When graphing the results I noticed that in many cases, this kit was out-performed by the much less expensive DDR3-2600 TridentX kit. So I wanted to see if lowering the speed and cranking down the timings would help. Thus, I lowered the speed to DDR3-2800 and was able to lower the four main timings as noted. I left the rest of the kit running at XMP. At that speed & timings, the results should have gotten close to mirroring the DDR3-2600 kit, and in some places it did, but for the most part the DDR3-2600 kit won out again. The only reasonable explanation is that the secondary and tertiary timing sacrifices necessary to run this kit at such high speed were too much to help performance.
You can peruse the benchmarks yourself and I won’t put too much text in between them. The takeaway is that this kit is out-performed by a cheaper TridentX DDR3-2600 kit.
AIDA is going to show the largest difference between the competing kits; synthetic tests always do. Here you can see the DDR3-2933 results just get trounced across the board, especially in write & copy speeds. reducing the speed & tightening the timings did help a lot though.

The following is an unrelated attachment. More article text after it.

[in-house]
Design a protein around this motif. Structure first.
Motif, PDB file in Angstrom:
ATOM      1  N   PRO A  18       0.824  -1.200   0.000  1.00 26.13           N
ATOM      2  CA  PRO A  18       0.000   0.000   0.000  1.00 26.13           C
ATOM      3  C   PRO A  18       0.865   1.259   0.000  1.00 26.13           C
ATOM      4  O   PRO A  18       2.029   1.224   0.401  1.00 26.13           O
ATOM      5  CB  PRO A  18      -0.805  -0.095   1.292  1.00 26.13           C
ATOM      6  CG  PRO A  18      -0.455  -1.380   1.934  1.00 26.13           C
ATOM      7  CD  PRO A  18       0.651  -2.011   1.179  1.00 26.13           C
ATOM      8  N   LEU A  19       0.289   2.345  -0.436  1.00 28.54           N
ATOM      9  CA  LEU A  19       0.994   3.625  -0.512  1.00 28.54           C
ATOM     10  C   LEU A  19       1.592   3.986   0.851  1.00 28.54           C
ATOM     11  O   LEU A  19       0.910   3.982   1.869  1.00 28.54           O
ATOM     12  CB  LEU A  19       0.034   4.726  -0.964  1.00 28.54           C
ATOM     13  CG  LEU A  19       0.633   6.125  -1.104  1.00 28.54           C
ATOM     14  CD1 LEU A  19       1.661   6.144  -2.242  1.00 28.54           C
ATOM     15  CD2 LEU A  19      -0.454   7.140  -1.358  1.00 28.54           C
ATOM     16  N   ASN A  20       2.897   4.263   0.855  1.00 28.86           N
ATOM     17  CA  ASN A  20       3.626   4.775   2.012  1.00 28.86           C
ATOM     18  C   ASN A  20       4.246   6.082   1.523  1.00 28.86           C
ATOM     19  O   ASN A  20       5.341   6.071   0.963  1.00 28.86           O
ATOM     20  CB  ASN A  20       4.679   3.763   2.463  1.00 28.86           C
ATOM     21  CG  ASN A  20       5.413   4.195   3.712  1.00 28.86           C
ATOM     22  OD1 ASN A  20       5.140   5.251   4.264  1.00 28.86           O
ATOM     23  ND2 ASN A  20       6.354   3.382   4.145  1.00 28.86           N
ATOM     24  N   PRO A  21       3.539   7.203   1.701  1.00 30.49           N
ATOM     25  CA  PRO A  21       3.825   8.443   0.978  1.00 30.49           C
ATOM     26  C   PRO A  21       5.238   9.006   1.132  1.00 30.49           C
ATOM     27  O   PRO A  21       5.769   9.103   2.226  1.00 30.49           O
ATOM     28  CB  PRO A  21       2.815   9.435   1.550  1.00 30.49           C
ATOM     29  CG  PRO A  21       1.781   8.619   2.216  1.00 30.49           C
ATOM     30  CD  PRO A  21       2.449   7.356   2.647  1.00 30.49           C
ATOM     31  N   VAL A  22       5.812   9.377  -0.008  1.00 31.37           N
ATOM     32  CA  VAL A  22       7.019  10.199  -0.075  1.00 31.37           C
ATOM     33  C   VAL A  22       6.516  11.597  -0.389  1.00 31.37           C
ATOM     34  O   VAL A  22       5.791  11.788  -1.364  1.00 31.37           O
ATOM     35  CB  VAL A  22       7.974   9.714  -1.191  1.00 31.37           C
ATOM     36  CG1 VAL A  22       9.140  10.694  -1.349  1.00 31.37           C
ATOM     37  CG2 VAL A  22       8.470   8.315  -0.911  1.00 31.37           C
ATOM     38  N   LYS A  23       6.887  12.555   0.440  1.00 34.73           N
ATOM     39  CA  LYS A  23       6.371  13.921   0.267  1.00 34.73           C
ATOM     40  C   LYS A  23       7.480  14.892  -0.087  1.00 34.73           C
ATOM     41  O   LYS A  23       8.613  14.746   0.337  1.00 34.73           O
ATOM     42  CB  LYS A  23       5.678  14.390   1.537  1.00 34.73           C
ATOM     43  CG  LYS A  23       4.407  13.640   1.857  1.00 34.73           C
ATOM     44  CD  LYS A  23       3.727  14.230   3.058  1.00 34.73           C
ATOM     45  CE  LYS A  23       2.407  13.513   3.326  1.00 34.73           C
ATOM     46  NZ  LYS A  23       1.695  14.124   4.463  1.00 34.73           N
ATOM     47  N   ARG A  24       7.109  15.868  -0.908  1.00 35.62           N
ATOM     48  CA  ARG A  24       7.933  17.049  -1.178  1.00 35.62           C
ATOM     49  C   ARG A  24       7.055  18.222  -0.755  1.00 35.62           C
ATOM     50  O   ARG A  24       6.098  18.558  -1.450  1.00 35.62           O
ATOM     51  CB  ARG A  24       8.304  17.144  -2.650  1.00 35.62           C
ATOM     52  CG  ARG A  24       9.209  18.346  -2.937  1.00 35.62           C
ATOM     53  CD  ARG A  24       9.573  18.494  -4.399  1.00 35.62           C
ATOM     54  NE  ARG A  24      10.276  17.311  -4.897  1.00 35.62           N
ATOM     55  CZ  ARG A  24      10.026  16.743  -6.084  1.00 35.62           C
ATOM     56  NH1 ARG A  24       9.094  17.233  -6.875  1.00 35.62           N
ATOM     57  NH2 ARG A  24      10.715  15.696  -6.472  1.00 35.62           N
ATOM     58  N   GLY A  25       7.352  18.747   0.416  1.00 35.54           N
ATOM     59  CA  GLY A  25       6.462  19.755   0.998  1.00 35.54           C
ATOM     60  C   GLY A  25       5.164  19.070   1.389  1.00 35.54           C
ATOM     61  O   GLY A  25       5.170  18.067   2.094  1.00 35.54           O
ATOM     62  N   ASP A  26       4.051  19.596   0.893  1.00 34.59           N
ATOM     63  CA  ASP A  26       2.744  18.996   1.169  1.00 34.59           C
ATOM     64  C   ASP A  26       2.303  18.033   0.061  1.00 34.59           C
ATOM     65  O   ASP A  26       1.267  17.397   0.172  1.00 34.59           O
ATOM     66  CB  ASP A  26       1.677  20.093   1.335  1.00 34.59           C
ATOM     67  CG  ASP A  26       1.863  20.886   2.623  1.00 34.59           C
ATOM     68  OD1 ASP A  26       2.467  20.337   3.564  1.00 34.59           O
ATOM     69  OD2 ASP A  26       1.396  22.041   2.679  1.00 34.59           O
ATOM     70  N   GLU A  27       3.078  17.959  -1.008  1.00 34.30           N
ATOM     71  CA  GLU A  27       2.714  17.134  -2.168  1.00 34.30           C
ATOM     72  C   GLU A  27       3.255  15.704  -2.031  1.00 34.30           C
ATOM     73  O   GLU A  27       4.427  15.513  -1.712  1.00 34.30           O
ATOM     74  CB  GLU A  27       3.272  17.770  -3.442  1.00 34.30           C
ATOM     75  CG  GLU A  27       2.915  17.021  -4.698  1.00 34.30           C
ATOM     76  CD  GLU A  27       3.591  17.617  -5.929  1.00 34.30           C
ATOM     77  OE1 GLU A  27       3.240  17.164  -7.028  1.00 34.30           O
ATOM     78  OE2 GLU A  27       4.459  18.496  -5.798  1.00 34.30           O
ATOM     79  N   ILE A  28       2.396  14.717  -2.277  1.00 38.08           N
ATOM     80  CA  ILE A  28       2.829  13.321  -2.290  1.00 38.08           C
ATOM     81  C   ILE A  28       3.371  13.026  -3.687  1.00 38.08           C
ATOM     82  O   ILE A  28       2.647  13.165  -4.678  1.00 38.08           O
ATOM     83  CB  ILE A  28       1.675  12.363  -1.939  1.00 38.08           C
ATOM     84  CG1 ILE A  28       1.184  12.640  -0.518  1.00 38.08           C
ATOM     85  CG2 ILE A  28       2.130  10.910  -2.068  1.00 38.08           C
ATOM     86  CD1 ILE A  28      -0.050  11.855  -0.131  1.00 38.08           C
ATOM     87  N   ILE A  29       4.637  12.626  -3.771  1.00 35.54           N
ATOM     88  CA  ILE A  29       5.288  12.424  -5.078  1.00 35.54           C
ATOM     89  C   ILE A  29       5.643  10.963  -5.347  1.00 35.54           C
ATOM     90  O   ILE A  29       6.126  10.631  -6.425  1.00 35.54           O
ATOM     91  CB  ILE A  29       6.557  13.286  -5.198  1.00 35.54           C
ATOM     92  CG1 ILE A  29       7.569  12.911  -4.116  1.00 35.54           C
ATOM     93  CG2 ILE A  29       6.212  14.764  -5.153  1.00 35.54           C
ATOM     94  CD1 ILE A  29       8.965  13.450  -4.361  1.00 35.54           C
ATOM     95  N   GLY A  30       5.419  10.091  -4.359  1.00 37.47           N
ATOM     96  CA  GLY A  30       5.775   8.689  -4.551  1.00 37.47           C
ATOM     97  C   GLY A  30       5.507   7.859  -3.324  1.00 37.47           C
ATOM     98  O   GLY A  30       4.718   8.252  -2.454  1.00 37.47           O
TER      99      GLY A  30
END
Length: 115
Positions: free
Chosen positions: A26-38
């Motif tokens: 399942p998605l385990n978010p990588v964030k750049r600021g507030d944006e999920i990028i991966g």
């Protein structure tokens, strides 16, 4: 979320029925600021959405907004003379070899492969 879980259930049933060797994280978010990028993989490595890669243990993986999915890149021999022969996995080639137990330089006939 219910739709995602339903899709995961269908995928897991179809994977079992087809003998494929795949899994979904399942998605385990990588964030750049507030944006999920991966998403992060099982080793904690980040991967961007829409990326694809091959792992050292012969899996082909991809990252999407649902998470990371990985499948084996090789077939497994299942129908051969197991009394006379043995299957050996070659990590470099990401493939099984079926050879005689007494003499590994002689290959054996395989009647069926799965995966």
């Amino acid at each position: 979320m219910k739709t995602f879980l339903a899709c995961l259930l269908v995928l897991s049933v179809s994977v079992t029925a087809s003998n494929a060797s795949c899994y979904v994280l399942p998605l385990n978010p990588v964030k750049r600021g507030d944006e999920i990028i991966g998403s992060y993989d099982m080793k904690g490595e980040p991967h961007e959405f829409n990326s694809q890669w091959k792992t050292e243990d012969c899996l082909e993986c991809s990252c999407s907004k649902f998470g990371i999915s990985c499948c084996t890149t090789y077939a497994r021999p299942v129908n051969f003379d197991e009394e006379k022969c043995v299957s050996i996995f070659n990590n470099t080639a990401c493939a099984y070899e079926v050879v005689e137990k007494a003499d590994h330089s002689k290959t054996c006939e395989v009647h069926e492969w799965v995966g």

Compression, Video Conversion and Rendering
Real world tests always show very little variation between RAM speeds. Where you’ll see the biggest difference between kits of memory are in synthetic testing and SuperPi benchmarking. Thus, there is a very small difference between these kits here. However, in four out of the six tests run, the DDR3-2600 kit comes out ahead. It’s only slightly ahead, but it was a consistent increase over the DDR3-2933 kit, with the exceptions of Cinebench R10 and PoV Ray 3.7.
Last but not least, we’ll check out SuperPi and WPrime for the benchmarking crowd. With the exception of WPrime 1024M, which showed the DDR3-2933 kit just ediging out the DDR3-2600 kit, the latter kit wins the benchmarking brawl. The most important metric here by far is SuperPi 32M and the DDR3-2933 kit lost by nearly five seconds, which is big in the benchmarking realm.